3G cellular wins a home with 90 MHz of room
A future home for so-called third-generation cellular (3G) wireless communications services, including high-speed Internet access, seems assured as the result of a radio spectrum assessment by the National Telecommunications and Information Administration.
The assessment, released yesterday, earmarks 90 MHz of spectrum for transfer from federal government use (primarily military) administered by NTIA to eventual assignment by the FCC, which administers radio spectrum use by non-government entities and by state and local governments.
The move sets the FCC on a path to eventually auction the spectrum to potential 3G system operators. It boosts the spectrum available for 3G services to a level that some industry observers consider necessary for the United States to compete with 3G developments in other parts of the world.
FCC Chairman Michael K. Powell said that he was pleased that 90 MHz of spectrum would be made available for advanced wireless services in the United States.
“This spectrum should provide wireless carriers with sufficient capacity to keep pace with consumer demand for new and innovative services. In the future, as events warrant, the FCC will consider making additional spectrum available for wireless services,” he said.
The chairman thanked NTIA, the FCC staff, the Department of Defense and other agencies for working together.
“Throughout the past year, an interagency working group with staff from the FCC, NTIA, DOD, and other executive branch agencies, has been working diligently to identify spectrum for advanced wireless services. The interagency effort examined existing federal operations in spectrum already earmarked for transfer to non-federal use – specifically, the 1710-1755 MHz band. The terms of the transfer would have allowed certain federal operations – both military and non-military to continue indefinitely. Permissible, grandfathered operations at 16 military facilities would have particularly impeded the development of new nationwide services. The interagency working group developed a creative plan for relocating these operations to other bands and thus clearing the band for commercial use,” Powell said.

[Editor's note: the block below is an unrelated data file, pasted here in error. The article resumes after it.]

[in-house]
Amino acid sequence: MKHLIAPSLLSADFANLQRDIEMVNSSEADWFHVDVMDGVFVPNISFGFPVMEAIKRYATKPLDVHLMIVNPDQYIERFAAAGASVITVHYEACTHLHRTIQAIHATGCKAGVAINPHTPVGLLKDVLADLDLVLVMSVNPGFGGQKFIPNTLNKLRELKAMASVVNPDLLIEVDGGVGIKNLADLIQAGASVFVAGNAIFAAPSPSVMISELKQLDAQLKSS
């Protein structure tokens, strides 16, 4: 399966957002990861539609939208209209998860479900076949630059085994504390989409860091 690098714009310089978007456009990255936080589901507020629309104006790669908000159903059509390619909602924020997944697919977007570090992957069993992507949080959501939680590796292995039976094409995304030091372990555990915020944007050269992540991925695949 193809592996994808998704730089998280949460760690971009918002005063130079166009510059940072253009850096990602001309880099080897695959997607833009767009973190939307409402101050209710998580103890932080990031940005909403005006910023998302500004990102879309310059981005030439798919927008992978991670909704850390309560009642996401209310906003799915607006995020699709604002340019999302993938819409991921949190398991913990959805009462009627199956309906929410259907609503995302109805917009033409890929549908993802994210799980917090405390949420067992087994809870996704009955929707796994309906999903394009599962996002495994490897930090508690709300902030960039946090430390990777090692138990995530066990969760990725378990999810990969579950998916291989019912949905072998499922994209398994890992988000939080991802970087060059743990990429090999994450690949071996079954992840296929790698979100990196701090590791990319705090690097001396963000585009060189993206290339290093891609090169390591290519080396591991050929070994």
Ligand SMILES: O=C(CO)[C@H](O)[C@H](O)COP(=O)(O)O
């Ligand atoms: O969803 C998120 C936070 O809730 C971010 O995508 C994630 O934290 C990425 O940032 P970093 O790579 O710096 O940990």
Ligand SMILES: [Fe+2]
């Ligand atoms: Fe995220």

The specific radio spectrum to be transferred to FCC administration includes the 1710-1755 MHz band and 45 MHz from within the 2110-2170 MHz band.
NTIA is asking Congress to create a Spectrum Relocation Fund and to revise the procedures under which federal entities are paid for relocating from spectrum frequencies reallocated for auction to commercial entities. Theodore W. Kassinger, general counsel for the Department of Commerce, of which NTIA is part, sent proposed legislation to Vice President Richard B. Cheney in his role as president of the U.S. Senate and copies to congressional leaders.
Kassinger said that the NTIA proposal would provide more certainty for federal and commercial entities in the auction of reallocated federal spectrum.
Under current law, commercial entities must reimburse federal entities for the costs of relocating from reallocated spectrum, and agencies are authorized to accept these payments, but the spending of the payments must be appropriated. The NTIA proposal would not only change the mechanism for payment to the agencies from direct payments by the commercial entities to payments from a central Spectrum Relocation Fund funded by auction receipts, it would also authorize the federal entities to spend the payments without further appropriation.
To see the full NTIA spectrum assessment document, click here.
To see the NTIA’s legislative proposal to reimburse relocated federal users, click here.